What Is Heart Rate Variability?

Medically Reviewed by Jabeen Begum, MD on February 12, 2024
7 min read

Your heart rate is the number of heartbeats you have in a minute. Your heart rate depends on what you're doing at the time. So, if you're resting or relaxed, your heart beats slower, and if you're moving or stressed, your heart beats faster. Your body adapts to your energy needs and your emotional state and changes your heart rate over time.

These differences in your heart rate change the amount of time between each heartbeat. This is your heart rate variability.

Your heart rate variability can give you a clue about your physical and mental health.

Your autonomic nervous system controls your heart rate variability. Your autonomic nervous system is the part of your nervous system that controls functions that you need to survive, such as your heart rate, blood pressure, digestion, and breathing. It does this without you having to think about it, whether you're awake or asleep.

Your autonomic nervous system has two main parts:

  1. Sympathetic nervous system. This part controls your "fight-or-flight" response. If you're scared, startled, or anxious, your sympathetic nervous system signals your adrenal glands to release adrenaline. This raises your heart rate and blood pressure so you're ready for any physical activity.
  2. Parasympathetic nervous system. This part is the opposite of your sympathetic nervous system, and it controls your "rest-and-digest" processes. It slows your heart rate and blood pressure, especially after you've been in a fight-or-flight response.

The hypothalamus, a small region in the middle of your brain, constantly processes information from your senses and transmits signals to the rest of your body through your autonomic nervous system. The signals can either relax (parasympathetic nervous system) or stimulate (sympathetic nervous system) different functions in your body, including your heart rate variability.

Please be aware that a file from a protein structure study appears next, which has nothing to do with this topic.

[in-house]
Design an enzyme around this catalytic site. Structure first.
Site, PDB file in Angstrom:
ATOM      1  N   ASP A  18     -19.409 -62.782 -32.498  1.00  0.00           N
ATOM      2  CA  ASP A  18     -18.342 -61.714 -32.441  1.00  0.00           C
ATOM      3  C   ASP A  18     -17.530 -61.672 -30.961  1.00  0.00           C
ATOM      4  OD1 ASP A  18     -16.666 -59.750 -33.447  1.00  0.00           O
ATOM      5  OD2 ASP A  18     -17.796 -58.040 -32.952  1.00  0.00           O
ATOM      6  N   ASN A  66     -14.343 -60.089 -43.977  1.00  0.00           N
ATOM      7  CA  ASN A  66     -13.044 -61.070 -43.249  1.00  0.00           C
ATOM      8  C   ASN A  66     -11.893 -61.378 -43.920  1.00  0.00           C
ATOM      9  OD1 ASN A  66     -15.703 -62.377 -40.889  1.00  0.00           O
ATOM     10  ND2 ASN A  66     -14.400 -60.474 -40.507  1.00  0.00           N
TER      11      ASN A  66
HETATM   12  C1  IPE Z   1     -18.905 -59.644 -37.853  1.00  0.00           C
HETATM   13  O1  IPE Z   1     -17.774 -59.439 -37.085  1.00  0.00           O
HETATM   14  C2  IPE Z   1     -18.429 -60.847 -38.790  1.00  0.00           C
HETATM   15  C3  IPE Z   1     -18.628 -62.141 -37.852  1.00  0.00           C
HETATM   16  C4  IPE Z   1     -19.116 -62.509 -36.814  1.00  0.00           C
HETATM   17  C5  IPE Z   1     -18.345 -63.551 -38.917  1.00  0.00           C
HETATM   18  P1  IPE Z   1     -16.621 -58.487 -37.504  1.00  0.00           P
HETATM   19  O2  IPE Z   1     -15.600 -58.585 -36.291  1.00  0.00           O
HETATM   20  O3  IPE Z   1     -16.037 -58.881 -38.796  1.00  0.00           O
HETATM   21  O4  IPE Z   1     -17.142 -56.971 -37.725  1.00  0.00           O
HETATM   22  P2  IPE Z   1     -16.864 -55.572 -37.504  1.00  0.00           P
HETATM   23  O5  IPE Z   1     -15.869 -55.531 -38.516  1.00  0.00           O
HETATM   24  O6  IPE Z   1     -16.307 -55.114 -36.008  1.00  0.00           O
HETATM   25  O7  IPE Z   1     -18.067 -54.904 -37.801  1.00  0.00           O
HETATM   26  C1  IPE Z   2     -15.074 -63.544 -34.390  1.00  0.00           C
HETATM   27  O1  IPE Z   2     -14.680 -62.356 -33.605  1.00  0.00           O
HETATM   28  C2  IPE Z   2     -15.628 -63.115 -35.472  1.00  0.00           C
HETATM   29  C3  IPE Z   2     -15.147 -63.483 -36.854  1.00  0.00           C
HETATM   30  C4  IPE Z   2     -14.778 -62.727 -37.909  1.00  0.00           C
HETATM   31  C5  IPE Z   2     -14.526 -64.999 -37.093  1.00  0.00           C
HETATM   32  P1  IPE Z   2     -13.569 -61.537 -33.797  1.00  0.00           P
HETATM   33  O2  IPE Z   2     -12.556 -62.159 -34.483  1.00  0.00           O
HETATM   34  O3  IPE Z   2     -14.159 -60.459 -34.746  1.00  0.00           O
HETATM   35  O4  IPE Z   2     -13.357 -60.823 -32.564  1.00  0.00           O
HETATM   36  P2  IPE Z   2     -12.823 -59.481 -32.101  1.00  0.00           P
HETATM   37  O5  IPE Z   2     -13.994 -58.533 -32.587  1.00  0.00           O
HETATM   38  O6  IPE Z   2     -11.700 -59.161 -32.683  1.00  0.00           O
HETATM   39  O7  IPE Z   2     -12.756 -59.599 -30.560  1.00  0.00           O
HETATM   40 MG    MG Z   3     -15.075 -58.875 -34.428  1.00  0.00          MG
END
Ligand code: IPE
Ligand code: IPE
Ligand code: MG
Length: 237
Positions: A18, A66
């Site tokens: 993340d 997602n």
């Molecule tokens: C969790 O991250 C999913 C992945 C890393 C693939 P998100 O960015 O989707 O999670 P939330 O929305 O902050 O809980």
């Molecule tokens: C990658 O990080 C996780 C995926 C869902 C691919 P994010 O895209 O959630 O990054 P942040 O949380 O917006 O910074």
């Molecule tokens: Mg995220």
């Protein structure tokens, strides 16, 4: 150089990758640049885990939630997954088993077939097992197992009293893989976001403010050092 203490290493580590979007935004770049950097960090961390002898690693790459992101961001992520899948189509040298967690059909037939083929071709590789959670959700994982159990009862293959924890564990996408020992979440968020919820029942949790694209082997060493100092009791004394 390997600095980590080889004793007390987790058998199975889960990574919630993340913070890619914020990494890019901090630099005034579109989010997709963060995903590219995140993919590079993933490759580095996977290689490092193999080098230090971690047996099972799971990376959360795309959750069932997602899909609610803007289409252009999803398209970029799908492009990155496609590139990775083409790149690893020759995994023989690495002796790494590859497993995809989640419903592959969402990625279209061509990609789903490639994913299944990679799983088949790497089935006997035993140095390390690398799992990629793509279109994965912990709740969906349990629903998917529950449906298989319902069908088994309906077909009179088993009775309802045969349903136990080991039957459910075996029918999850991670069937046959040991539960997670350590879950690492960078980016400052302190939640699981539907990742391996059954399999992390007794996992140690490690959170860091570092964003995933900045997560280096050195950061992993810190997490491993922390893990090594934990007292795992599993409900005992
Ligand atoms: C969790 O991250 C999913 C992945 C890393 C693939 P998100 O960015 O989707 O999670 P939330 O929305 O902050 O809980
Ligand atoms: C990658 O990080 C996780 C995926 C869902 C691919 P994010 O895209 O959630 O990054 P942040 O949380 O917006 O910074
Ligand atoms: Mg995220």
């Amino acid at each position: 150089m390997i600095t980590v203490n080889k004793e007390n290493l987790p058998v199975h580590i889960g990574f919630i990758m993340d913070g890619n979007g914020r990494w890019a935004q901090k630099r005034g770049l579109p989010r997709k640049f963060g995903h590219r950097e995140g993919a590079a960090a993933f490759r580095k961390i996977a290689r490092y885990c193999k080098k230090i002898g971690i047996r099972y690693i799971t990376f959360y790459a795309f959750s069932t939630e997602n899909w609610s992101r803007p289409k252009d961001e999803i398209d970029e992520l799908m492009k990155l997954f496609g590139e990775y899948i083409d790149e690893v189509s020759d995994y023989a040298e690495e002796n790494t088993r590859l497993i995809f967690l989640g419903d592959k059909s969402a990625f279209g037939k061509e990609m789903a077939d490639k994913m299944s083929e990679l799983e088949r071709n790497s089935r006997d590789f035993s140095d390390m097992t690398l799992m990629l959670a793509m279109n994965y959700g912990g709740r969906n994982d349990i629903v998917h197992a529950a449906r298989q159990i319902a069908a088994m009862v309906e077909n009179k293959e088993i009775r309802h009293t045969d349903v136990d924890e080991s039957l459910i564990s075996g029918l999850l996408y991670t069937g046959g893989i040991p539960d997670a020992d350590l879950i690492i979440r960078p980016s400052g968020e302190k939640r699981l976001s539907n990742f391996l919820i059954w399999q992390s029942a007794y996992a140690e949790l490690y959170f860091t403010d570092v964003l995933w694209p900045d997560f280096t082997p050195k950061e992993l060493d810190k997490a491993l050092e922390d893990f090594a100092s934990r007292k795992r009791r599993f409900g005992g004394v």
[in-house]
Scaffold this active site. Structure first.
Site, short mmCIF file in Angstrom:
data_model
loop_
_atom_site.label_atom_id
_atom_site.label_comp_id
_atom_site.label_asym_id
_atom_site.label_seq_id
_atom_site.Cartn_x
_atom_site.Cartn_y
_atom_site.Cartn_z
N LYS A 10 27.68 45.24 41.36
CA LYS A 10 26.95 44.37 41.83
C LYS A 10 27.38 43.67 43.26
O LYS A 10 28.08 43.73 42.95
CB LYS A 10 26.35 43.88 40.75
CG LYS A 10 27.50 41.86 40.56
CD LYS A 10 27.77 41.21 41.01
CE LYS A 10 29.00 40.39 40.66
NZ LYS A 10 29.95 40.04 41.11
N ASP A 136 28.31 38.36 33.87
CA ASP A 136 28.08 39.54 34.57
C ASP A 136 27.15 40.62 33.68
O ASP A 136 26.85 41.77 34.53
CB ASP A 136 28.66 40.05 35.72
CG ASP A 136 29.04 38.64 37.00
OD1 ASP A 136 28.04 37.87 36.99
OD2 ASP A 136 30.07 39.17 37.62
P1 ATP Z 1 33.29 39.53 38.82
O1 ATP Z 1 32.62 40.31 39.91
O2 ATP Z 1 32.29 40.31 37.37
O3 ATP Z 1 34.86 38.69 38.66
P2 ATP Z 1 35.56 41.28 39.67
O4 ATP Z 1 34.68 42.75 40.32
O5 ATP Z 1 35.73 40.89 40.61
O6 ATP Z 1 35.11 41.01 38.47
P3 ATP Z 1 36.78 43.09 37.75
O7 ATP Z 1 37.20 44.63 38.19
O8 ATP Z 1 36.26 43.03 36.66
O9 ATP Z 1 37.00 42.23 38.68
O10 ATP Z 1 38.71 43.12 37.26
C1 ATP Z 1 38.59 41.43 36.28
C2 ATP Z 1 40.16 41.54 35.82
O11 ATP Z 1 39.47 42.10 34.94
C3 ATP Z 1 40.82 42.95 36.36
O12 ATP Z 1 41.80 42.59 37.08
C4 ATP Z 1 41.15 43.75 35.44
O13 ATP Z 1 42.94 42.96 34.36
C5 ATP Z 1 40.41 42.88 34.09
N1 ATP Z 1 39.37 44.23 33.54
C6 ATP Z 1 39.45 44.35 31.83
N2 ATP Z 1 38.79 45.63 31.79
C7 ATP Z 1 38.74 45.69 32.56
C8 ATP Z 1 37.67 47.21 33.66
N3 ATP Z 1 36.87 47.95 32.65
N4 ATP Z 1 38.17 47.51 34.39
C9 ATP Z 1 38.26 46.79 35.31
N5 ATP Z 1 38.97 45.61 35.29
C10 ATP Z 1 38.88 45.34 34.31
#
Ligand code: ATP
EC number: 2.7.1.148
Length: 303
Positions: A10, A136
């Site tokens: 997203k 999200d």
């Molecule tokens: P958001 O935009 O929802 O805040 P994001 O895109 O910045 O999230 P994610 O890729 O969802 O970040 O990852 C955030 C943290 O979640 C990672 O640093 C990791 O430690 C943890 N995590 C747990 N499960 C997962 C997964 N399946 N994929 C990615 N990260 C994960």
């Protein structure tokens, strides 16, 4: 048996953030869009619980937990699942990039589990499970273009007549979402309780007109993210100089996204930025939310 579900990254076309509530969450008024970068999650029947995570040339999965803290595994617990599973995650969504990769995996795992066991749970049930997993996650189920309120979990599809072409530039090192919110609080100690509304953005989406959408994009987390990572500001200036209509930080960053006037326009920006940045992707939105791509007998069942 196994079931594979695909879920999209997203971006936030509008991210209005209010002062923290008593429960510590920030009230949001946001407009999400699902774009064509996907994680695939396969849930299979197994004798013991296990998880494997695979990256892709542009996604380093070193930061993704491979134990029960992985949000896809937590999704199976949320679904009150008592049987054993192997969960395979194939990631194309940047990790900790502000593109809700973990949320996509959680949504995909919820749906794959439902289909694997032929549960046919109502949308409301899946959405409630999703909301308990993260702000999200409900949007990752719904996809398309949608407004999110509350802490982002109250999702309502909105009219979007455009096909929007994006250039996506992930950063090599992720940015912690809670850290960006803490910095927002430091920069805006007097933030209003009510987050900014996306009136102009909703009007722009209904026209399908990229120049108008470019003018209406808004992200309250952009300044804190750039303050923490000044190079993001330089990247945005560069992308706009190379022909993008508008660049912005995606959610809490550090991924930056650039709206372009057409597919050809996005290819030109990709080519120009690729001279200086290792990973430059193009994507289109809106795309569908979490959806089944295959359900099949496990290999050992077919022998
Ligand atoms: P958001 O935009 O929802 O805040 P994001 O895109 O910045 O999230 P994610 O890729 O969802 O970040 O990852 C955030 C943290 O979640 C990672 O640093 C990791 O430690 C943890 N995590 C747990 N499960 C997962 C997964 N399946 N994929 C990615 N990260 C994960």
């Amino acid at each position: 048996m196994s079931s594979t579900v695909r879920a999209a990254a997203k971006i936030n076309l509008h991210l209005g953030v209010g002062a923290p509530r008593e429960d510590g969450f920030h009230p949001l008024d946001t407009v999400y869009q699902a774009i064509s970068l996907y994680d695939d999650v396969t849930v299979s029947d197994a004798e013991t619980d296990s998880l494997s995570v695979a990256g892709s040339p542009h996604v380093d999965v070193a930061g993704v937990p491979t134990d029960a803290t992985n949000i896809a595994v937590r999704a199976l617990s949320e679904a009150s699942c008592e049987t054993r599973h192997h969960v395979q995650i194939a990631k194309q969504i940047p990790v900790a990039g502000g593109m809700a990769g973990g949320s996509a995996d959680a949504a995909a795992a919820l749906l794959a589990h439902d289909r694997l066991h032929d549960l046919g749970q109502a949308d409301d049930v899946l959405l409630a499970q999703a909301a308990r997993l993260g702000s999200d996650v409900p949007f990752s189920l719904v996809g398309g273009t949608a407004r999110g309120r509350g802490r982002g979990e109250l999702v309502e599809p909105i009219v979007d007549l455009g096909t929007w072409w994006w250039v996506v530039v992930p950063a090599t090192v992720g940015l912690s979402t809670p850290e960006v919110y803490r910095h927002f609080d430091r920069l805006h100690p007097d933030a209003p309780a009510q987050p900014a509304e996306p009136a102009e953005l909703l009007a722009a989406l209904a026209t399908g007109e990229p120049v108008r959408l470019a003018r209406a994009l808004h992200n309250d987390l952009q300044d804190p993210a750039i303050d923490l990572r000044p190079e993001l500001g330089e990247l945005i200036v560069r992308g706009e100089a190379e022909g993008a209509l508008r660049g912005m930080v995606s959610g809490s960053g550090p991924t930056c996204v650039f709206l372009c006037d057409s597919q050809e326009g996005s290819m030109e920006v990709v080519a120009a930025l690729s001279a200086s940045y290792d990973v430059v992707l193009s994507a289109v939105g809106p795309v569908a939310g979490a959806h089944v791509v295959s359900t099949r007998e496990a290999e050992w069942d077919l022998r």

• It can show imbalances in your autonomic nervous system, which gives you a clue about your stress levels. Your heart rate variability is determined by the balance between the responses in your sympathetic and parasympathetic nervous systems. A high average heart rate variability suggests your autonomic nervous system is working in a "rest-and-digest" mode more often than a "fight-or-flight" mode. This is good news for your heart and emotional health.
  • It gives you feedback on your lifestyle habits. Tracking your heart rate variability over time can show you how incorporating healthy habits, like regular exercise, good sleep hygiene, meditation, and mindfulness, affects your health.
  • It can help you plan your workouts. Once you have an idea of your average heart rate variability, you can plan high-intensity workouts for days when your heart rate variability is higher than average and low-intensity or rest days for when your variability is lower. Whether you're a serious athlete or not, this can help prevent you from overtraining and hurting yourself.

Differences in the amount of time between each of your heartbeats is measured in fractions of a second. So, you need specialized devices to detect your heart rate variability.

Several methods are available, including: